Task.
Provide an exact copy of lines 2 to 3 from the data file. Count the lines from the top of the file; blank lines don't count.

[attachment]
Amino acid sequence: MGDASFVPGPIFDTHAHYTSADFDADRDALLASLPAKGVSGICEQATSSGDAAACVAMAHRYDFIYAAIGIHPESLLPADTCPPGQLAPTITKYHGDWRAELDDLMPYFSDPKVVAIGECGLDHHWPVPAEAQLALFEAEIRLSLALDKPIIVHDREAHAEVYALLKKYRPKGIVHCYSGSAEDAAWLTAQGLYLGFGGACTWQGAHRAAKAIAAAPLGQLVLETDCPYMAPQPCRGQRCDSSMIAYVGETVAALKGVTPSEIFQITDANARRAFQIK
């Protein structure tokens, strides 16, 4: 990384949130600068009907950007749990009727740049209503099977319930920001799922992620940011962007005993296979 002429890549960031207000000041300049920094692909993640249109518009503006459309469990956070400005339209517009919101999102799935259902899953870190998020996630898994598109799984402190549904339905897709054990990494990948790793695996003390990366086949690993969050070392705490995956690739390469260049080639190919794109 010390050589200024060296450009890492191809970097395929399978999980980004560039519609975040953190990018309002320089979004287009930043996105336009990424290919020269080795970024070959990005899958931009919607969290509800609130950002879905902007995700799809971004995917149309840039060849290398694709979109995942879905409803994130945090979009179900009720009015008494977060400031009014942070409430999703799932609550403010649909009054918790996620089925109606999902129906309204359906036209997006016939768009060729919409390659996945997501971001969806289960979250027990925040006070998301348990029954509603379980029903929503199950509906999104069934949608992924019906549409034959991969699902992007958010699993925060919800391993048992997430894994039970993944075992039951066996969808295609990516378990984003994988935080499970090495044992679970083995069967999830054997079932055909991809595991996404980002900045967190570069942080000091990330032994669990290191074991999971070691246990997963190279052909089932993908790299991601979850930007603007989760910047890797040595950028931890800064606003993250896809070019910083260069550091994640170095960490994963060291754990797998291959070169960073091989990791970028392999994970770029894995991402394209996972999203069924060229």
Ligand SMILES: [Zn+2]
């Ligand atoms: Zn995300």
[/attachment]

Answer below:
């Protein structure tokens, strides 16, 4: 990384949130600068009907950007749990009727740049209503099977319930920001799922992620940011962007005993296979 002429890549960031207000000041300049920094692909993640249109518009503006459309469990956070400005339209517009919101999102799935259902899953870190998020996630898994598109799984402190549904339905897709054990990494990948790793695996003390990366086949690993969050070392705490995956690739390469260049080639190919794109 010390050589200024060296450009890492191809970097395929399978999980980004560039519609975040953190990018309002320089979004287009930043996105336009990424290919020269080795970024070959990005899958931009919607969290509800609130950002879905902007995700799809971004995917149309840039060849290398694709979109995942879905409803994130945090979009179900009720009015008494977060400031009014942070409430999703799932609550403010649909009054918790996620089925109606999902129906309204359906036209997006016939768009060729919409390659996945997501971001969806289960979250027990925040006070998301348990029954509603379980029903929503199950509906999104069934949608992924019906549409034959991969699902992007958010699993925060919800391993048992997430894994039970993944075992039951066996969808295609990516378990984003994988935080499970090495044992679970083995069967999830054997079932055909991809595991996404980002900045967190570069942080000091990330032994669990290191074991999971070691246990997963190279052909089932993908790299991601979850930007603007989760910047890797040595950028931890800064606003993250896809070019910083260069550091994640170095960490994963060291754990797998291959070169960073091989990791970028392999994970770029894995991402394209996972999203069924060229």
Ligand SMILES: [Zn+2]